The next two games didn’t see the Merlin assassinated. I think the advice helped.

On a semi-related note, we played Werewolf on Halloween. I’m not as big a fan of the game because there’s a lot more guess-work and a lot less deception. However, we played with a candle in front of every person. During the night, the moderator would blow out a candle. You’d awaken in slightly dimmer light, one candle extinguished representing the dead person. The atmosphere made the game way more fun. I really, really want to play with the Ghost role, where the Ghost communicates via Ouija board.

As a group, I feel like we sometimes get too stuck on a “right” way to play, when the game requires dynamic strategies to keep people guessing and to keep the game fresh.


I recently started watching Gotham. I’m not quite sure what to think of it yet. I liked the episode with the Balloon Man. I like it when shows deal with ideas of what constitutes justice and sticking to one’s principles even when it’s hard. I like the atmosphere of a corrupt town veering towards outright chaos. Penguin is fun. I’m always excited to see Don Falcone, but only because I still think of him as Rawls, haha. I’m not enjoying Jada Pinkett Smith’s character. I watched the “Arkham” episode and didn’t like it because it felt like the story was full of “and then,” instead of the plot being propelled by the characters.

I wish the show would be darker. Like, embrace the tragedy. Show that Gotham’s fate is sealed, no matter what people try to do. Those ancient Greeks knew how to do tragedy. We always want a hero. I guess that wouldn’t work on network TV.

Fantasy Calm

I sometimes used poker as an exercise in keeping myself calm. I’d make my decision and then whatever happened happened. I could only control what I did, and I focused on that. I couldn’t control the cards, though, so I tried to be the same whether they were good or bad. A bad play with a good outcome was nothing to cheer about.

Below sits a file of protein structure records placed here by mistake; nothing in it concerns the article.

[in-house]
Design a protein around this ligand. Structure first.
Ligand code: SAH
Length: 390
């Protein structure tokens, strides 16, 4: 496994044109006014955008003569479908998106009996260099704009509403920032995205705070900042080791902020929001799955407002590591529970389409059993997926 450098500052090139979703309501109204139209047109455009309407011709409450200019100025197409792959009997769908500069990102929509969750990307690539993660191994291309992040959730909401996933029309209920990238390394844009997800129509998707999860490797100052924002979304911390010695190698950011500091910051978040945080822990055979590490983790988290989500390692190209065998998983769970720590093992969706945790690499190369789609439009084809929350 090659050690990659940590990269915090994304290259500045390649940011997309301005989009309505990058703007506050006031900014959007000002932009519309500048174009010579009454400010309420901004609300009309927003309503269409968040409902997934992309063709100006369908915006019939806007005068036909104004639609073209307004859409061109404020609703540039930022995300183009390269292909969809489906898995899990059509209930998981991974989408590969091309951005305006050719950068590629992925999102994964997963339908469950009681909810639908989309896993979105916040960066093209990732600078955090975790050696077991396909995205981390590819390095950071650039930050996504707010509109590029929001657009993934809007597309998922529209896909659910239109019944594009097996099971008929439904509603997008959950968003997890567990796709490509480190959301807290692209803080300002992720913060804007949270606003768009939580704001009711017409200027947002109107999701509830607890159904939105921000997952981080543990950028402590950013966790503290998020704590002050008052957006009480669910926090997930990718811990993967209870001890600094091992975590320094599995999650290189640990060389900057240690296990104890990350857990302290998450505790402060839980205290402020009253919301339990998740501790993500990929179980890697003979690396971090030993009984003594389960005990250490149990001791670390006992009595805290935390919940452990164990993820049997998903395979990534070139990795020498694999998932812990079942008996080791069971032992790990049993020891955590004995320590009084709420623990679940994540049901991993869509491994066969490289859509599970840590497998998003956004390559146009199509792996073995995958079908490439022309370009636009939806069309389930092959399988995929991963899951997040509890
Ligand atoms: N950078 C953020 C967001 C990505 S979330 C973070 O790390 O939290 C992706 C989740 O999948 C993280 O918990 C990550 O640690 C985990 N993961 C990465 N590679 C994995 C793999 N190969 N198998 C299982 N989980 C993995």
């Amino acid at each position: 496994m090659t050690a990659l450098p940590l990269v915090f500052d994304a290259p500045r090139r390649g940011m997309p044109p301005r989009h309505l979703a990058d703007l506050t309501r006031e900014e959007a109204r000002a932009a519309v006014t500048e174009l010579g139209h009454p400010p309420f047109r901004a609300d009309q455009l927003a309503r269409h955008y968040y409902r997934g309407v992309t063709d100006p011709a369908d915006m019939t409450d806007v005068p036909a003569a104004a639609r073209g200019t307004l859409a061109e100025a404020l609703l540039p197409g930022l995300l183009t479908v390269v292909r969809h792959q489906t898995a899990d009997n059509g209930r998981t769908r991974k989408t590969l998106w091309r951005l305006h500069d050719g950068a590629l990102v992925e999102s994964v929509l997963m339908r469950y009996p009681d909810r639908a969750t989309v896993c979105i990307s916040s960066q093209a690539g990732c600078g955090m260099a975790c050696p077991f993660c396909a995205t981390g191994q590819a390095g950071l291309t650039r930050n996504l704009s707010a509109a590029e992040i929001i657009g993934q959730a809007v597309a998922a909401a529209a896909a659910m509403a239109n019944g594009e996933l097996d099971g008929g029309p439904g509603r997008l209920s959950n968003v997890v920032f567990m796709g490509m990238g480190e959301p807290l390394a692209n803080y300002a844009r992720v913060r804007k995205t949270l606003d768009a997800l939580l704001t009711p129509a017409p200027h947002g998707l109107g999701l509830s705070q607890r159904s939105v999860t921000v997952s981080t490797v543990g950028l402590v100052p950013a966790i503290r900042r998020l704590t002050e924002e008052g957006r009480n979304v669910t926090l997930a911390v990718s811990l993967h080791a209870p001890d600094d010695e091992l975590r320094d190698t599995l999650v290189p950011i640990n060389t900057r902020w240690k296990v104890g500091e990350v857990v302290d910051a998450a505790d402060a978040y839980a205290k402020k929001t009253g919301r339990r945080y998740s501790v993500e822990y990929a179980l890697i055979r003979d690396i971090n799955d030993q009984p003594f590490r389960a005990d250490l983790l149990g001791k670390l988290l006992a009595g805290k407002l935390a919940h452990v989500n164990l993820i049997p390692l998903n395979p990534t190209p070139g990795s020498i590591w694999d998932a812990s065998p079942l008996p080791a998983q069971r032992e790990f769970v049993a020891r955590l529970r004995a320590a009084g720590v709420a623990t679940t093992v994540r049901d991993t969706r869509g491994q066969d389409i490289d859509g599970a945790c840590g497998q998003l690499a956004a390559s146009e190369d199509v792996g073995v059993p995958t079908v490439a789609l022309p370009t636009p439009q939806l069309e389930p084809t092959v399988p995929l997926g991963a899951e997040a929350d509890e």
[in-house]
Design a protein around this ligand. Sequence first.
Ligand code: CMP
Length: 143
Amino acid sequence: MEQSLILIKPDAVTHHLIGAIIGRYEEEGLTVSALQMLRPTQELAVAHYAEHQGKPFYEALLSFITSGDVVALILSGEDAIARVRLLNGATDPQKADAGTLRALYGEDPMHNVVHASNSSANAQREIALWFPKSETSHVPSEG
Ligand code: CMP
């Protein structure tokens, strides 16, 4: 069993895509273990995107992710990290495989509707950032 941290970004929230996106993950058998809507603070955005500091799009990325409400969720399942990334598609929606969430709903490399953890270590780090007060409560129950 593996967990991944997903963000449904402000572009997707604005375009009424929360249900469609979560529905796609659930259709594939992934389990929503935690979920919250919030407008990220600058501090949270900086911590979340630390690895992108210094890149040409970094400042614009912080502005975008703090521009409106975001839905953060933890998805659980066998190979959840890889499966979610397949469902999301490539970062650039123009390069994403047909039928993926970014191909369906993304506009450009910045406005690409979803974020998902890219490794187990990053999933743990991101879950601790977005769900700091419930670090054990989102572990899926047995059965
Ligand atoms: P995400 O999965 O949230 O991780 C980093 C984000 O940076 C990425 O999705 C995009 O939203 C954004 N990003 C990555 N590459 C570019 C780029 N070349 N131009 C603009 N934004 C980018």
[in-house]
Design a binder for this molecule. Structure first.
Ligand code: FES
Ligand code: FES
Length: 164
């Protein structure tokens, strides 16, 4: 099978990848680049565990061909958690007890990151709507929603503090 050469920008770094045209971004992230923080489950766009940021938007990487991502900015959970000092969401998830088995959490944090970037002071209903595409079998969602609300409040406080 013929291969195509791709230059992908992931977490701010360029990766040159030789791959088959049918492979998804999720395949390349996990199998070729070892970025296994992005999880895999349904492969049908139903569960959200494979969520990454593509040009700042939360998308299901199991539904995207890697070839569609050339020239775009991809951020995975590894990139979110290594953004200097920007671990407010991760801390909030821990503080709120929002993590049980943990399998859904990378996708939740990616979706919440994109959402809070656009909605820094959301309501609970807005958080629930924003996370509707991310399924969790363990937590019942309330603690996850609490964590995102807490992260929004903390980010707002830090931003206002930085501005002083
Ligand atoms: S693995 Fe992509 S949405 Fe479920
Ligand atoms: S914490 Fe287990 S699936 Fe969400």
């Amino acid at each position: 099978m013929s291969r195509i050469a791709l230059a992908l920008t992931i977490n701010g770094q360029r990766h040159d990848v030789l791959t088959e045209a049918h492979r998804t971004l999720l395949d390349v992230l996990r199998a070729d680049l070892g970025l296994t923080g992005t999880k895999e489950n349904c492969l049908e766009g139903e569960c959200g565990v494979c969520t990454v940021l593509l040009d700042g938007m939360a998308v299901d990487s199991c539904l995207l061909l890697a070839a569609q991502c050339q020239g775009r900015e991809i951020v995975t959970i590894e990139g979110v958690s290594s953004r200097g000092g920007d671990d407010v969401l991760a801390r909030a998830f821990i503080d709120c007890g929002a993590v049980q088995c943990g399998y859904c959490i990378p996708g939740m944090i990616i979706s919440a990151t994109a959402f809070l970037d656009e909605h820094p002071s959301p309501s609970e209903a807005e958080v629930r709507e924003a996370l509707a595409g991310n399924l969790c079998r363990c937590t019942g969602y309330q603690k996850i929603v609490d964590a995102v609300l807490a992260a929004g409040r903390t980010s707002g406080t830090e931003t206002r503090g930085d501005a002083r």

I do something similar with fantasy football. It’s insanely stressful to watch scores live and worry about how much you’re losing by or worry about how your lead could evaporate. So instead, I try to use it as an exercise to not worry about what I can’t control. I’m not perfect. But it helps a lot.

Fantasy football is one step closer to real life than poker. Poker has uncertainty but there are lots of times when math will give you the right move. Low-stakes poker is all math. Psychology matters more in no-limit, but less than you’d think. You can know the odds and expected payout. In fantasy football, you can have a sense that some things are more likely than others, but the actual statistics are more fuzzy. There’s more uncertainty. And in real life, there’s even less information and just as much randomness.

Even so, the exercise works well in poker, fantasy football, and real life.


I devote a lot of brainspace to football. I probably should re-allocate that brainspace to other things. Because I really have nothing interesting to say today. I caught up on a lot of chores; I didn’t do much deep thinking.

Or maybe, instead, I could expand my brainspace. I don’t know. I really got nothing today.


In an earlier post, I expressed concern about blogging too honestly when the spiders are there to index everything and anyone can find what you write easily. I guess I must’ve internalized Orwell’s edicts on writing pretty well because something like esotericism never even crossed my mind. I’m a fan of very direct writing. Obfuscation is pretty much a sin to me, when it comes to writing. I once apologized to a professor for an essay title because I was worried that it didn’t actually mean anything. So it seemed like my only options were to write privately or not at all.

But maybe I should rethink that. I recently found this book review via the Dish. The book is about someone investigating Strauss: